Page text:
There is a definite unity to Isaiah. From start to finish, Isaiah delivers a message of justice and hope. Israel’s sin will lead to divine justice through her neighbors Assyria and Babylon. These foreign people will destroy Israel and Judah. Babylon will destroy Jerusalem and lead its people off to exile. Somehow, Israel will be restored with a new king named Immanuel. Immanuel will be the servant of the LORD who will suffer for and lead his people in a new Jerusalem that will establish peace on Earth forever.
To help us better understand Isaiah, we will look at two halves to Isaiah. The first half runs through the first 39 chapters. Then, there is a gap of about 150 years in between chapters 39 and 40. The second half then goes from chapter 40 through 66. It is thought that the first half, leading up to the Babylonian exile, was written by Isaiah the son of Amoz himself. The second half was probably written by Isaiah’s disciples at the end of the exile period. This is the same time period as the books of Ezra and Nehemiah. After Israel’s leaders rejected his message, Isaiah sealed his message in scrolls that he gave to his prophetic disciples who later used it to write the second half. Isaiah 8:16; 29:10-12; 30:8-9 seem to suggest this, although it is by no means certain. In any case, it matters less to us who wrote which chapters than to try to understand what they are telling us.
Within the first half of Isaiah, there are three big blocks of chapters. The first and possibly most important block is from chapter 1 through 12. This section is prophecy about the fall of Jerusalem and exile to Babylon. In the opening two chapters, Isaiah calls out Jerusalem for idolatry and injustice. He says that the nations will conquer Jerusalem. This conquest will be, somehow, like a purifying fire. This establishes the recurring theme in Isaiah of Old Jerusalem leading to a purifying fire, which ultimately leads to New Jerusalem.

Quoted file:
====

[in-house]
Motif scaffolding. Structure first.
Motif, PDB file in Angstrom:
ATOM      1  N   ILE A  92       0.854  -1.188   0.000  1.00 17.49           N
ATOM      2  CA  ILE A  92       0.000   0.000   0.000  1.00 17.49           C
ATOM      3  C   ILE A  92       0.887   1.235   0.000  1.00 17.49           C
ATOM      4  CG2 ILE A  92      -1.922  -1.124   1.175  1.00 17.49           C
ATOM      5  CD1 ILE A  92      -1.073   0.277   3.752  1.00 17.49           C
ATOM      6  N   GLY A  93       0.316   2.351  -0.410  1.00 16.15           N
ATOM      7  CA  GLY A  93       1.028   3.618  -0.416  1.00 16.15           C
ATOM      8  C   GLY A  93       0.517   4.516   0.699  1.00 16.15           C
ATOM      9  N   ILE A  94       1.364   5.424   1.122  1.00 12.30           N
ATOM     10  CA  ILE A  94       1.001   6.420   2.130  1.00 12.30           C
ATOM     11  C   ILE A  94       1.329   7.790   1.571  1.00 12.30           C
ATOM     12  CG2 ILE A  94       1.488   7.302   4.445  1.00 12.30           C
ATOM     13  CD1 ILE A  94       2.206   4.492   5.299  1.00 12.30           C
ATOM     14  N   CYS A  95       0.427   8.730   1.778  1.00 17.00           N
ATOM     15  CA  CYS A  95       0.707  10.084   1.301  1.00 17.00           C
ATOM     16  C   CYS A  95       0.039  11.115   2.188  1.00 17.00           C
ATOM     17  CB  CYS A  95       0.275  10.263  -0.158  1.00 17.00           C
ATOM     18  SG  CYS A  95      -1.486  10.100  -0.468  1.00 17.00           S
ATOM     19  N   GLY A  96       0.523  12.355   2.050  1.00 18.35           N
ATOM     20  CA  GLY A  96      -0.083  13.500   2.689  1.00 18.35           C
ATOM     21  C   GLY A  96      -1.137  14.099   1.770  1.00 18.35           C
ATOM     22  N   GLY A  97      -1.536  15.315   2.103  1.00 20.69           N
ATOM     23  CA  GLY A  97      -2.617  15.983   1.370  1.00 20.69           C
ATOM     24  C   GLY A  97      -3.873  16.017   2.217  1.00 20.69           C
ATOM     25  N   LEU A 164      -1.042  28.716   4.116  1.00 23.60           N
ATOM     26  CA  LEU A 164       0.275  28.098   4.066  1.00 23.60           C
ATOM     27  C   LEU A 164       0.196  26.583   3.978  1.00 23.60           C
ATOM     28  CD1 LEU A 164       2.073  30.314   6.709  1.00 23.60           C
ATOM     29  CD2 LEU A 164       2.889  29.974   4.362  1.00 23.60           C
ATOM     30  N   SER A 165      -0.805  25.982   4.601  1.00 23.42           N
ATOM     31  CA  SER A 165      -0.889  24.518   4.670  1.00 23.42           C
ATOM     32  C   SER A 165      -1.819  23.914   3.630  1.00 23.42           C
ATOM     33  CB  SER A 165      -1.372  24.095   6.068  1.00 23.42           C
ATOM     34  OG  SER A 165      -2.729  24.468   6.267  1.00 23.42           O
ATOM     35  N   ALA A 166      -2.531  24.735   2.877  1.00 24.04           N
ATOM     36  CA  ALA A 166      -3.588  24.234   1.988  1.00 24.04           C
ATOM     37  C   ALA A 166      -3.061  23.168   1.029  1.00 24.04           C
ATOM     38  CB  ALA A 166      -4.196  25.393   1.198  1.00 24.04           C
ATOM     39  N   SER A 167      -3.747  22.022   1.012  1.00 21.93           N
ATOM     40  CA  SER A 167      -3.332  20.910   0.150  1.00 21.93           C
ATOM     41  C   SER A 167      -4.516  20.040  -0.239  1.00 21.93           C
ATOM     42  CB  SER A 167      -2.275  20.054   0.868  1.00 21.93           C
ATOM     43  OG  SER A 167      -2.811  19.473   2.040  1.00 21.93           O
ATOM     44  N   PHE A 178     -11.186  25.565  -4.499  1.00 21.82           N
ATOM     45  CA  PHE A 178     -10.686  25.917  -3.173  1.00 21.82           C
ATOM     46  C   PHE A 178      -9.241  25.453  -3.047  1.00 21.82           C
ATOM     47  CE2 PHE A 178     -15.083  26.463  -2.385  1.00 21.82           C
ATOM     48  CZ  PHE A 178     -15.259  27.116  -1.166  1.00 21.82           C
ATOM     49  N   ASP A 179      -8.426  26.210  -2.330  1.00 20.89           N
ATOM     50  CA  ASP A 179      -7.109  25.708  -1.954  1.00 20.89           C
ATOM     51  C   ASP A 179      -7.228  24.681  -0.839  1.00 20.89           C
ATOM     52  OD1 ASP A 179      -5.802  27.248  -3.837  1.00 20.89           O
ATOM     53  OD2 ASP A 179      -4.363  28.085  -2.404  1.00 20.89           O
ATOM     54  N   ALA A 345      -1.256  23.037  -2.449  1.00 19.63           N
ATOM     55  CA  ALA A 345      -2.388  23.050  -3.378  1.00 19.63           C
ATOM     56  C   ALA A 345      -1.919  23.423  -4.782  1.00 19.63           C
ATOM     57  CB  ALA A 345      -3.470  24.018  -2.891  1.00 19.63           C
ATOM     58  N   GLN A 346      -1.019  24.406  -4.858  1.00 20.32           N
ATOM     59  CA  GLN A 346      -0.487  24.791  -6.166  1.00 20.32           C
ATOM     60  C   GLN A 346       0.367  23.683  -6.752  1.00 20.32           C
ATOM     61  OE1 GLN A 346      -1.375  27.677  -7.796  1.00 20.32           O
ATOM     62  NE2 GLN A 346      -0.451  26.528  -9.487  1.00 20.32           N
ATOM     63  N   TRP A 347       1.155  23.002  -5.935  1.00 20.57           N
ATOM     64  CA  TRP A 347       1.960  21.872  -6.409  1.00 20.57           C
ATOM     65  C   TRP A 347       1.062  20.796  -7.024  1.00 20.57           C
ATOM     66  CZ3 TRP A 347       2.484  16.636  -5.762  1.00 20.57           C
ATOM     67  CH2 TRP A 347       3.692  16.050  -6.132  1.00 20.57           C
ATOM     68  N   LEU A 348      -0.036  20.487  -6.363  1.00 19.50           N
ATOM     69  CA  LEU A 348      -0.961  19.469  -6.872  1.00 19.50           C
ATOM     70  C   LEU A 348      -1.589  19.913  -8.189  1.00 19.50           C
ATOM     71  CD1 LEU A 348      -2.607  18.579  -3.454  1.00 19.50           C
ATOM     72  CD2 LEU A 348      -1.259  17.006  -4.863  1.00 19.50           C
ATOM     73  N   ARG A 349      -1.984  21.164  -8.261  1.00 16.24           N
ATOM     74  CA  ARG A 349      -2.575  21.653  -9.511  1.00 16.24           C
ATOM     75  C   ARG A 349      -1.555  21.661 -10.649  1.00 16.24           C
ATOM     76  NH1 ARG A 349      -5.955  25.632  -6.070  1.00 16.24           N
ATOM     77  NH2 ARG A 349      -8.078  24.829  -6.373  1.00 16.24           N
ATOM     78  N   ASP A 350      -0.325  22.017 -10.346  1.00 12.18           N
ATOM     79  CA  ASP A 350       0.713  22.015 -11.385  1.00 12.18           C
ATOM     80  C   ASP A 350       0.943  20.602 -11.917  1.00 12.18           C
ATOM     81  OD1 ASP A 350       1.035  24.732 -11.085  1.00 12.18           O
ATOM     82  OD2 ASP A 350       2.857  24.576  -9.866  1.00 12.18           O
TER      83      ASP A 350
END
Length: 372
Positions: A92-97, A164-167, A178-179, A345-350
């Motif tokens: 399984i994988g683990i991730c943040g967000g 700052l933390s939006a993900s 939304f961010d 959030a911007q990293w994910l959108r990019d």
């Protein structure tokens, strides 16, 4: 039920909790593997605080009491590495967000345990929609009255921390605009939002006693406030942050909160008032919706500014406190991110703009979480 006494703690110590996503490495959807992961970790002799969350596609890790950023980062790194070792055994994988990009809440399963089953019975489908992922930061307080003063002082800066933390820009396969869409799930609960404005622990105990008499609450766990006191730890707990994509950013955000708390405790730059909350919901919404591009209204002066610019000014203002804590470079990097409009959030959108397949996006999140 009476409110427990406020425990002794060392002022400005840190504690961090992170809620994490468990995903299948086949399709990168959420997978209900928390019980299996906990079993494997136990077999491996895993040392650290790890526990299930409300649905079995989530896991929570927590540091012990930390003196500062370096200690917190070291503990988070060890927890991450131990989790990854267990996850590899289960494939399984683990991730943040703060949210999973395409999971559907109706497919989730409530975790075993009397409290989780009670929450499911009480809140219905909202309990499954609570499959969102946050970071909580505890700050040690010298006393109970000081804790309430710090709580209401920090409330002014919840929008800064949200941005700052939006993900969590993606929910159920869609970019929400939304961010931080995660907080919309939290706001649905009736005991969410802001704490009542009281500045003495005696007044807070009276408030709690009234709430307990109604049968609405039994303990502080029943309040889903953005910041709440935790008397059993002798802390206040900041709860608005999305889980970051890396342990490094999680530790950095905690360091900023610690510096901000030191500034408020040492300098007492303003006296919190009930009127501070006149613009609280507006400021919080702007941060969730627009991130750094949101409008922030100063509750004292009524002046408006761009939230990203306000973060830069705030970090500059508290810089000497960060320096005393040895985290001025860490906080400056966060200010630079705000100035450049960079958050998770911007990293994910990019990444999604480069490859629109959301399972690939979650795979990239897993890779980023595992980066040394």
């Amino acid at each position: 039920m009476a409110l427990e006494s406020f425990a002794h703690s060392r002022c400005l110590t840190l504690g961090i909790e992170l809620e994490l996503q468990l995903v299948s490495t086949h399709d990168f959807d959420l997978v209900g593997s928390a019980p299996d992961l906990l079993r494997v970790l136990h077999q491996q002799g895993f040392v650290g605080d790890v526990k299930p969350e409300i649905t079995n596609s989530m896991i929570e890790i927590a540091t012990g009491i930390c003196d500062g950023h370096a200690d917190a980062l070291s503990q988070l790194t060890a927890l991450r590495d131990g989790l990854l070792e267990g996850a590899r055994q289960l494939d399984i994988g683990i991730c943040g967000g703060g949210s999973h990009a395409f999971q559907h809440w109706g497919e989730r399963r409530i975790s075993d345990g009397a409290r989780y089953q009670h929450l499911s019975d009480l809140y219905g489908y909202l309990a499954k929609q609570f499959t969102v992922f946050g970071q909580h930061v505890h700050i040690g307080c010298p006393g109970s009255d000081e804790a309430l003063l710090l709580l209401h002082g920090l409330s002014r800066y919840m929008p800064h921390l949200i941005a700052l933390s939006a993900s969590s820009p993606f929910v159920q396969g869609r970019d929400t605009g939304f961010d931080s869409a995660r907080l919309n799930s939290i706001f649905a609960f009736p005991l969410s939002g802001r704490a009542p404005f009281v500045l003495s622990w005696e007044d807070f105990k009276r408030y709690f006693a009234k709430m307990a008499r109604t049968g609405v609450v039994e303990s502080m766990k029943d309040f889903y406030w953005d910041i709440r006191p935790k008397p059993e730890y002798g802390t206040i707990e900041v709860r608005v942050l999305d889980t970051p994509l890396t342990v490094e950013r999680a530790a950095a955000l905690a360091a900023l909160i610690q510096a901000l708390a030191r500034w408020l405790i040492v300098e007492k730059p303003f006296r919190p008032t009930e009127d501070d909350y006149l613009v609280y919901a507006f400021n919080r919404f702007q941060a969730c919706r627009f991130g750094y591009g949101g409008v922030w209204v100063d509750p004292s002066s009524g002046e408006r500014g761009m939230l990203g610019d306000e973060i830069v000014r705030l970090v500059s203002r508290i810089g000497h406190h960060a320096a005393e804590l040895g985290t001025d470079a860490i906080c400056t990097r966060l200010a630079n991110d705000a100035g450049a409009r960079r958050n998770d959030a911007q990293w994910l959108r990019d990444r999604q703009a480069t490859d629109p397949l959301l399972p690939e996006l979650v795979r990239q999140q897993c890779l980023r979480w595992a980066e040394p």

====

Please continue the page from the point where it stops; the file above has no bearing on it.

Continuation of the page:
Chapter 6 gives us a fantastic vision of this purifying fire process. Isaiah is taken up in a vision to see the LORD seated on his throne surrounded by angelic creatures shouting “Holy! Holy! Holy!.” Isaiah, feeling his sin, sees this holiness as a threat. Across the whole Bible, everyone has this same reaction to holiness. As a hot coal of holiness is carried with tongs to his mouth, he is burned and believes he will be destroyed. Instead, he is purified and commissioned to speak for the LORD. The LORD says that a holy seed will be saved from the chopped down and burned up stump of Israel.
In chapters 7-12, Isaiah tells King Ahaz that Assyria will do him in. He also introduces King Immanuel, who is Israel’s future hope. He will set Israel free from all violent and oppressive empires. He is the new branch from this charred stump of David’s family tree. Through the empowering of God’s Holy Spirit, he will bring justice and bless all nations. In other words, His kingdom will transform all creation, bringing lost shalom.
This first part of this section of chapters deals with when this will all come to pass. In this first part, chapters 13 through 23, Isaiah prophecies that Babylon, which is greater than Assyria, will do this. In this section are poems about all of Israel’s neighbors. They all share in Babylon’s pride and injustice. As a result, they will all be brought to the grave in due time.
The second part of this section, spanning chapters 24 through 27, is a tale of two cities. Babylon, the archetypal lofty city, is filled to the brim with rebellious humanity. It is a stand-in for all of humanity in rebellion to the LORD. It includes residents of all cities, including Old Jerusalem. New Jerusalem, on the other hand, is the hope of all the world. This city is the LORD’s kingdom over all nations. In New Jerusalem, there is no more suffering. There is no more injustice. There is even no more death.
In the final section of chapters in the first half of Isaiah, chapters 29-39, Isaiah prophecies the rise and fall of Jerusalem. In chapters 28 through 35, Isaiah accuses Jerusalem’s leaders for seeking protection from their neighbors. They are trusting in Egypt to save them. Remember when Israel was wandering in the desert, fearful and grumbling? Some of them wanted to go back to Egypt too. Isaiah like Moses reminds the God-grumblers that their only hope is in the LORD. They need to place their trust in Him and turn towards Him in repentance.